Becky Chambers’ work is sometimes categorized under the newer genre of “hopepunk”. This term was coined by author Alexandra Rowland in 2017 in a Tumblr post. A Vox article on the term states that “depending on who you ask, hopepunk is as much a mood and a spirit as a definable literary movement, a narrative message of ‘keep fighting, no matter what.’ If that seems too broad — after all, aren’t all fictional characters fighting for something? — then consider the concept of hope itself, with all the implications of love, kindness, and faith in humanity it encompasses.”

A LitHub article on hopepunk and solarpunk offers the distinction that “hopepunk stories are not specifically climate-focused and, more importantly, do not necessitate hopeful worlds.” To learn about even more of the –punk suffixed family of speculative fiction, you can read this article from Merriam-Webster: “On ‘Hopepunk,’ ‘Mannerpunk,’ and a Range of Punky Genres’.

Readalike Suggestions

For more books about finding your place in the world, space colonization, and/or hopeful sci fi, check out these titles:

Cloud Cuckoo Land by Anthony Doerr book cover

Cloud Cuckoo Land by Anthony Doerr, 2021

Told from multiple perspectives in multiple eras of time, Doerr tells the story of five people whose lives intertwine due to one book. From 15th century Constantinople to an interstellar ship, this book is a dazzling journey of imagination. This title is available for checkout in print, as an eBook on Libby and in eAudio on Libby.

Goliath by Tochi Onyebuchi book cover

Goliath by Tochi Onyebuchi, 2022

Several narratives tell the story of a crumbling human culture on Earth during the 2050s, with the rich fleeing for space colonies and the poor doing what they can to protect what they have. It’s a meditation on what heroes are and how intersectional oppression can duplicate itself across the stars. This title is available for checkout in print, as an eBook on Libby, and in eAudio on Libby.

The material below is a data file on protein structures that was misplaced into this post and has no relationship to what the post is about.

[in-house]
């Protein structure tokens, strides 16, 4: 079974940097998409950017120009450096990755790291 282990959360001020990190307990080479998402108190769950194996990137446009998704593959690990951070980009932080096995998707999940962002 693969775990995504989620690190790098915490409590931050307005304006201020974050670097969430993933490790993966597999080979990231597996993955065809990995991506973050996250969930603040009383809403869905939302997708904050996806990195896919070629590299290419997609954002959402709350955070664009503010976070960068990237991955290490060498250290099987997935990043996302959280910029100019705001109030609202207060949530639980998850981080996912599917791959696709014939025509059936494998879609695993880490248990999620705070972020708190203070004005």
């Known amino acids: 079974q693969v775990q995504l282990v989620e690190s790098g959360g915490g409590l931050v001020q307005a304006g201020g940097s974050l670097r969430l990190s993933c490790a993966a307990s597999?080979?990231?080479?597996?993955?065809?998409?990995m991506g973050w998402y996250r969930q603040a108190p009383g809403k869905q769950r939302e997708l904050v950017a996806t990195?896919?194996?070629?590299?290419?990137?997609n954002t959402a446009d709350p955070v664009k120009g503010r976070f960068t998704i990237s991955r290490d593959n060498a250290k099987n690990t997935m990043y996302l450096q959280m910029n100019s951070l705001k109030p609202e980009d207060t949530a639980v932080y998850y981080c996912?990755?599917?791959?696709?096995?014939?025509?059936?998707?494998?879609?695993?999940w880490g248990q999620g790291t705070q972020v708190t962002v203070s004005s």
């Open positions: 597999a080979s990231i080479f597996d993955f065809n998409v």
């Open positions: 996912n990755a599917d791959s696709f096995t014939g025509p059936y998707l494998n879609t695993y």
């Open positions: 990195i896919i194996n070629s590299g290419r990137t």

Across a Field of Starlight by Blue Delliquanti book cover

Across a Field of Starlight by Blue Delliquanti, 2022

A young teen raised in a warring society and another raised in a secret colony of peace cross paths and spark a deep friendship that will end up either changing the course of their societies or destroying one of their worlds. A gorgeous graphic novel that asks what it takes to choose hope. This title is available for checkout in print and as an eBook on Libby.

Hella by David Gerrold book cover

Hella by David Gerrold, 2020

Everything is large on the planet the colonists have nicknamed “Hella”–the fauna is mega and the weather is extra. Kyle’s colony is preparing to receive a massive influx of arrivals from a dying Earth, but it can barely sustain itself. Kyle’s connection to the computer network in the colony may be the key to helping everyone. This title is available for checkout in print and in eAudio on Hoopla.

The City in the Middle of the Night by Charlie Jane Anders book cover

The City in the Middle of the Night by Charlie Jane Anders, 2019

The planet of January has a night half and a day half. The humans have colonized the side that lives in light and warmth, but have exiled Sophie to the cold half and to certain death, for trying to start a revolution. There she is saved by an indigenous lifeform and has to envision a newer and more radical future. This title is available for checkout in print, as an eBook on Libby, and in eAudio on Hoopla.